The best raw material for an arrow shaft would be reed or cane as they provide straight bodies. Nothing in nature is perfectly straight, so you will have some campfire work again. Scraping, drying, heating and straightening them are the first steps. If you use shoots or straight branches, you have to scrape the bark, dry and straighten them. Carve nocks at the end of the arrow where it will meet the bowstring. A “U” shape nock with slightly closed lips that fits perfectly to your bowstring is the ideal you can reach but it is not easy. If you are familiar to archery and used to shoot with three finger release, aka Mediterranean release, such well-made nocks would be great. But many primitive archers use other release methods. Edward Morse classified almost all arrow release methods in his book written in the late 19th century. Most common methods in shooting primitive bows are pinch draw (which was also named as “primary draw” by Morse) and its modifications which I will give brief information about. With these methods shallow, “V”-shaped or wide “U”-shaped nocks work fine and they are easier to make, especially with primitive knives. Reinforce the shaft adjacent to the root of the nock by wrapping it a few millimeters.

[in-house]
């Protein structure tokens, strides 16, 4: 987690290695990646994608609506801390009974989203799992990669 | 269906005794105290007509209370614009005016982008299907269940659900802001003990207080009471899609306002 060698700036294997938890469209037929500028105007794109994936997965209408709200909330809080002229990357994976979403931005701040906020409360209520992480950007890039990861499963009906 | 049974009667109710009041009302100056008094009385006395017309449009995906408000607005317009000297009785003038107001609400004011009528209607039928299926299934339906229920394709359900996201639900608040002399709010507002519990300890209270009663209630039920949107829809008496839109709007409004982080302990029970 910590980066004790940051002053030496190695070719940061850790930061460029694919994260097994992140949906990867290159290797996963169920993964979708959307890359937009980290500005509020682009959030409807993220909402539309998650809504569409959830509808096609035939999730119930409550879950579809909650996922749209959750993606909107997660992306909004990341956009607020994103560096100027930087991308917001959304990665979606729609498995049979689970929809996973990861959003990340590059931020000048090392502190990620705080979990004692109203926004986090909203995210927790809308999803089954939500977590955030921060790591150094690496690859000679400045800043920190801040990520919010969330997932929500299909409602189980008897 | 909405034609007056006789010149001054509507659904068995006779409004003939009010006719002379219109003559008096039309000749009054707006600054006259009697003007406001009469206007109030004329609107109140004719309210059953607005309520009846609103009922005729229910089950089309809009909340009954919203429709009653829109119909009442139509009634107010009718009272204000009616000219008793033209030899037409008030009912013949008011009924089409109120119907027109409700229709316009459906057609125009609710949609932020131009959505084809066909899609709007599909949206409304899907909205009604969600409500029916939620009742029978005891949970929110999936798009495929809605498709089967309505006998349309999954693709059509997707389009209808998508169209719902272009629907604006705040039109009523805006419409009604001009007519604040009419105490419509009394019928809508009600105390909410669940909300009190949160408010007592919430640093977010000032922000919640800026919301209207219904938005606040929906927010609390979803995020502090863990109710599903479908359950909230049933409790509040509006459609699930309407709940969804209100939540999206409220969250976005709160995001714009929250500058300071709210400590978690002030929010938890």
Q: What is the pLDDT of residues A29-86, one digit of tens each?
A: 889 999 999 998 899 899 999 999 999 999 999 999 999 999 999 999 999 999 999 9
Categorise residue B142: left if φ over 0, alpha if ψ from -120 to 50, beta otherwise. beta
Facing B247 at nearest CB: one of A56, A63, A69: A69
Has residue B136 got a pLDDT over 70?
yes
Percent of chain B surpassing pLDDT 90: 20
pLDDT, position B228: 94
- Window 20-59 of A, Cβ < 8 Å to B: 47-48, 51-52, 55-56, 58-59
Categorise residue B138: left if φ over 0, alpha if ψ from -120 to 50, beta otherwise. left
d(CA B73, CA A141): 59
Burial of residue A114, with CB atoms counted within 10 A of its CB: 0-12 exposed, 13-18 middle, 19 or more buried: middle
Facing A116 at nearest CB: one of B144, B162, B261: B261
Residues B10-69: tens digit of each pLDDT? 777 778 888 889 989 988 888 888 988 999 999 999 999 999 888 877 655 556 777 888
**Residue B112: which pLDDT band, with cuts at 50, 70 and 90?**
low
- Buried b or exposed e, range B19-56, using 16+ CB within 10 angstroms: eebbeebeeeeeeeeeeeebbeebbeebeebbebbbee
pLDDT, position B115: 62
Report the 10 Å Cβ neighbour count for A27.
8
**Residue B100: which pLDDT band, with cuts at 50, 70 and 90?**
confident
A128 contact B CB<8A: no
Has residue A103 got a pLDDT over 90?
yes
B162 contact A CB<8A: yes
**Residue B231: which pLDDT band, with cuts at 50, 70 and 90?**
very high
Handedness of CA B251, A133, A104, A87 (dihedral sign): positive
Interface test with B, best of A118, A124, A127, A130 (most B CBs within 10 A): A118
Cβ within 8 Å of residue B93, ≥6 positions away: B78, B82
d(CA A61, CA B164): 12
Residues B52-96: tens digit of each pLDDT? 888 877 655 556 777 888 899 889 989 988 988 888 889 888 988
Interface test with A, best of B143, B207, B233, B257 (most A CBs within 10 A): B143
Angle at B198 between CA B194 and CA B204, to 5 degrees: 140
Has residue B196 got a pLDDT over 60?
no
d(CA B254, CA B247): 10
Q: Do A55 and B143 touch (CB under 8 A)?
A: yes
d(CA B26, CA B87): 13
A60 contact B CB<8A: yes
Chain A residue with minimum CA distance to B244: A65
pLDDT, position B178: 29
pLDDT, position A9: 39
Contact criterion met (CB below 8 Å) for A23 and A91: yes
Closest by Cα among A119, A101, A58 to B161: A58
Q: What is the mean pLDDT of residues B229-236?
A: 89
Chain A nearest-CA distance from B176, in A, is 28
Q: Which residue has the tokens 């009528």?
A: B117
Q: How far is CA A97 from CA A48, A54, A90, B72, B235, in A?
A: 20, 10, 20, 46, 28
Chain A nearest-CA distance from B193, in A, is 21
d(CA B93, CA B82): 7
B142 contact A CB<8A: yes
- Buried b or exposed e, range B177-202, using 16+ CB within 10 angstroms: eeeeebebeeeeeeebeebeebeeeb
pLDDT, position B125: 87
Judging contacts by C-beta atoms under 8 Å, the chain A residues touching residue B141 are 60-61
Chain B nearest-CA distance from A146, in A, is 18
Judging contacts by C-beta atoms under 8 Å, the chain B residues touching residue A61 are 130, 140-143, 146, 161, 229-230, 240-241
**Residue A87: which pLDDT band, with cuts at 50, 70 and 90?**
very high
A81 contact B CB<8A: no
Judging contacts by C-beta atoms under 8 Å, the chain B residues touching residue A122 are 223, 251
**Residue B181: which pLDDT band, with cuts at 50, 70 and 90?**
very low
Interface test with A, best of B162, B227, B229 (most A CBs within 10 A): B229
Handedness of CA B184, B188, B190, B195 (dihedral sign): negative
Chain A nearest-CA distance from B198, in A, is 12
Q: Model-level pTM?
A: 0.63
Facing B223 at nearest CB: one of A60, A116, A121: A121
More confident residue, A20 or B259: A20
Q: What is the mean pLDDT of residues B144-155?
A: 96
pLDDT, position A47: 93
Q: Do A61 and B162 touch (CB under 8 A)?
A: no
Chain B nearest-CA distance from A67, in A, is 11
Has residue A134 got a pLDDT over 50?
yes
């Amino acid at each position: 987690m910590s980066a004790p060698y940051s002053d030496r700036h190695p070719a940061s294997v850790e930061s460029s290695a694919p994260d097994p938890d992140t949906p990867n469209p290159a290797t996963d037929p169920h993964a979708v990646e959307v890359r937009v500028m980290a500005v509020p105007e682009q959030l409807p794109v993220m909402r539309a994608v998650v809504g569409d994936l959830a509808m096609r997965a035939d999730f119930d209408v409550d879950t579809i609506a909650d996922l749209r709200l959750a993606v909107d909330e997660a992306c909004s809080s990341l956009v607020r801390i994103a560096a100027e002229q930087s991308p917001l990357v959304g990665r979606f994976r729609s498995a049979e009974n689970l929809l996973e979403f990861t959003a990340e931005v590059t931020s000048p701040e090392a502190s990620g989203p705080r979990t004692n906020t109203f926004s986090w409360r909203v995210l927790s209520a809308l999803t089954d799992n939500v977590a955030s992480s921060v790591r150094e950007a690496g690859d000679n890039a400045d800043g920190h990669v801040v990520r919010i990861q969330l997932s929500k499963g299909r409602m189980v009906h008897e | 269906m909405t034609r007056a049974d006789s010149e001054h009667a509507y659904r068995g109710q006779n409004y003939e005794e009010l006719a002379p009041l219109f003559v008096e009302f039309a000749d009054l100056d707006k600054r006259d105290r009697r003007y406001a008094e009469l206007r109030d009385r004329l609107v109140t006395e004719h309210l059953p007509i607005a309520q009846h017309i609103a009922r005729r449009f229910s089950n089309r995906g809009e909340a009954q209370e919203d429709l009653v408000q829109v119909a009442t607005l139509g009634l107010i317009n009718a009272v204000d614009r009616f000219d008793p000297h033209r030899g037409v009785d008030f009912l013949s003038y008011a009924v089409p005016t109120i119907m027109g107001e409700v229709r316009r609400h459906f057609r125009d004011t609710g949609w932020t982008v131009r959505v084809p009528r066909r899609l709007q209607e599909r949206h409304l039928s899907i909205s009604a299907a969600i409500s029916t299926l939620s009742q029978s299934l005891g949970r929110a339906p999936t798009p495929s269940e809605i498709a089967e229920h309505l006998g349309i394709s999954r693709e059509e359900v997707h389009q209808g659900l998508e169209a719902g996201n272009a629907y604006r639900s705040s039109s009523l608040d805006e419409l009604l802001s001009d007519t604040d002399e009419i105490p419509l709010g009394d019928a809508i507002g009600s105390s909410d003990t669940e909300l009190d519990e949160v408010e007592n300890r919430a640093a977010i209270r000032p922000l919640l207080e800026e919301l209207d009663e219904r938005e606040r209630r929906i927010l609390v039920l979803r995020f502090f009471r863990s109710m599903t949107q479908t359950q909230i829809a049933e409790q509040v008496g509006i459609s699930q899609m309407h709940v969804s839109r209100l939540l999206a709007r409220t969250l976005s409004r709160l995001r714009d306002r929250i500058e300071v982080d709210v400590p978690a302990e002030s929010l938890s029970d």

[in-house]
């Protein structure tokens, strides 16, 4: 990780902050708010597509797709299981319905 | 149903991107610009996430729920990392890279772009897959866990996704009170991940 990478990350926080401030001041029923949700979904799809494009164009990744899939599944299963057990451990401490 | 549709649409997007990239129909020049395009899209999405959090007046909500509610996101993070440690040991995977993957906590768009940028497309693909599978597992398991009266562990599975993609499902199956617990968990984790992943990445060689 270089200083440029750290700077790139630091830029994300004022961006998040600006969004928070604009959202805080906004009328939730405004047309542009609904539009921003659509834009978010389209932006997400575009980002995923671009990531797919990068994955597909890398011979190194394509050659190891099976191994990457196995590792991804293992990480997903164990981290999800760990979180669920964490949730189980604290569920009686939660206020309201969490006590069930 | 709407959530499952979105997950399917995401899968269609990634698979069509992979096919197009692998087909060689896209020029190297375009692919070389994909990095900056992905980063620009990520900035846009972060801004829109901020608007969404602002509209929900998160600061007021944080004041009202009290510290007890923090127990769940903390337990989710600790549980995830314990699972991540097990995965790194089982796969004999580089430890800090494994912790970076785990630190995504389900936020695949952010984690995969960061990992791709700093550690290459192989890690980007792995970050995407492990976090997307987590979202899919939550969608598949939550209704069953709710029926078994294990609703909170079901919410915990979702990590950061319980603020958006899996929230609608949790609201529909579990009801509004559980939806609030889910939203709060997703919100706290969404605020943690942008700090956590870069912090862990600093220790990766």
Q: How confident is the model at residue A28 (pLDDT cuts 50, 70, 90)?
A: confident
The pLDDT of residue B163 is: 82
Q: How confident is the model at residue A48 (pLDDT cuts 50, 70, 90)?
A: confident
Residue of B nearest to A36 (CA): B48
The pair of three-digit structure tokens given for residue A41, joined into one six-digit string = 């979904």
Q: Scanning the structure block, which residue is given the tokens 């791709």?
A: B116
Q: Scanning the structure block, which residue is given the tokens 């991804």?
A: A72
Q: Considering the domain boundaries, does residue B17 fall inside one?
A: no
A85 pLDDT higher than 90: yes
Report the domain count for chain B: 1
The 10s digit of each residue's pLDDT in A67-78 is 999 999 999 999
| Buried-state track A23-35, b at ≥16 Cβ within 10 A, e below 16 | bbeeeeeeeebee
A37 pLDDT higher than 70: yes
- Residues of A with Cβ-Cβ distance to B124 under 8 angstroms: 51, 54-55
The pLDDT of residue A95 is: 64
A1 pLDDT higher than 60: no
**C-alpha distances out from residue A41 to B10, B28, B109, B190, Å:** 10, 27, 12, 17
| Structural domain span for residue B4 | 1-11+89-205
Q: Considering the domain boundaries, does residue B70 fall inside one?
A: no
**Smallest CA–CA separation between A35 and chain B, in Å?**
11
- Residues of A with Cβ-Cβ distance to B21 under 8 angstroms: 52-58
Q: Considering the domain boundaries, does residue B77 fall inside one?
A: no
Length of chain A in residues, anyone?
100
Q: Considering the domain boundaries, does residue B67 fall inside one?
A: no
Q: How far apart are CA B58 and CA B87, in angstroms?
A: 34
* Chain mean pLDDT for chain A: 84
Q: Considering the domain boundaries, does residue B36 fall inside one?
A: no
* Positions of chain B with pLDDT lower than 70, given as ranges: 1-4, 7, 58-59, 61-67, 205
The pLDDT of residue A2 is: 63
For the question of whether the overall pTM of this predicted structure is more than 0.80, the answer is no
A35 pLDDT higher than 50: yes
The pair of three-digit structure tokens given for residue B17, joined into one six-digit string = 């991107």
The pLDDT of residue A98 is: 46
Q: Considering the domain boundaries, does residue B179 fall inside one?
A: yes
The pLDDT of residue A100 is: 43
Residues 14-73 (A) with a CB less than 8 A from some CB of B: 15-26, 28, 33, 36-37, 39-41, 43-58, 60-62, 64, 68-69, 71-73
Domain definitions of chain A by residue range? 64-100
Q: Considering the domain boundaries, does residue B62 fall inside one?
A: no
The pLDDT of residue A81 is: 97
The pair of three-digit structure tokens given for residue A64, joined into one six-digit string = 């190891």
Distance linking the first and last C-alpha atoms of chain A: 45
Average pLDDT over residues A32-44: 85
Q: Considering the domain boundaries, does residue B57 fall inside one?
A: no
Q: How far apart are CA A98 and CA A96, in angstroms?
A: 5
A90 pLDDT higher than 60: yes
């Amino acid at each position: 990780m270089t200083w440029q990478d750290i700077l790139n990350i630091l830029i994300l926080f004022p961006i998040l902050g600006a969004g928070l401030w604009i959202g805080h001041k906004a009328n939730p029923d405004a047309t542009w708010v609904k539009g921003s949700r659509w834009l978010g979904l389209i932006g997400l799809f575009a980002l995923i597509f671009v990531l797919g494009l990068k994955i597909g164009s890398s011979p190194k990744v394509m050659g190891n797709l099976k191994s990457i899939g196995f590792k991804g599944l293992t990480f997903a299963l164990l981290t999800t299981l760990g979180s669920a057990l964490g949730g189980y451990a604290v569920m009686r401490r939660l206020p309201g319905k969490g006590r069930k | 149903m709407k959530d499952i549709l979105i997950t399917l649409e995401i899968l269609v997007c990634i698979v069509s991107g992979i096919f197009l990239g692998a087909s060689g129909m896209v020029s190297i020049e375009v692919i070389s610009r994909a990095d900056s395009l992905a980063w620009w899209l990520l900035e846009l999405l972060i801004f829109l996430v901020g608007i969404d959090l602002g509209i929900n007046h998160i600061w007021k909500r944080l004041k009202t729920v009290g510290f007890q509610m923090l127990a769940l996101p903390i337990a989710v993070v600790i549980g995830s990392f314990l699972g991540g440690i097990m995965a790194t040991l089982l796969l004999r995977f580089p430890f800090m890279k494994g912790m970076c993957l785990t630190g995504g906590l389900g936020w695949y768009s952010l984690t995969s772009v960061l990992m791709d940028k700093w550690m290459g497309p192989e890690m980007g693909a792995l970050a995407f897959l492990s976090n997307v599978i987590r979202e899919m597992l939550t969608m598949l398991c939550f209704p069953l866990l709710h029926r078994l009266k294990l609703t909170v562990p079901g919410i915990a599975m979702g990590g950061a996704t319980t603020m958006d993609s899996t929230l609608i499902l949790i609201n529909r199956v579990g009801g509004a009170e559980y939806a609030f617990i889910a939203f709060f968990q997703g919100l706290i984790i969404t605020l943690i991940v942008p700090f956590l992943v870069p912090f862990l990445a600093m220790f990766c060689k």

Carving a simple self-nock at the end of your arrow shaft. Please note how the grain of wood is used. Remember wrapping the root of your nock with any thread or fiber you have to reinforce the shaft.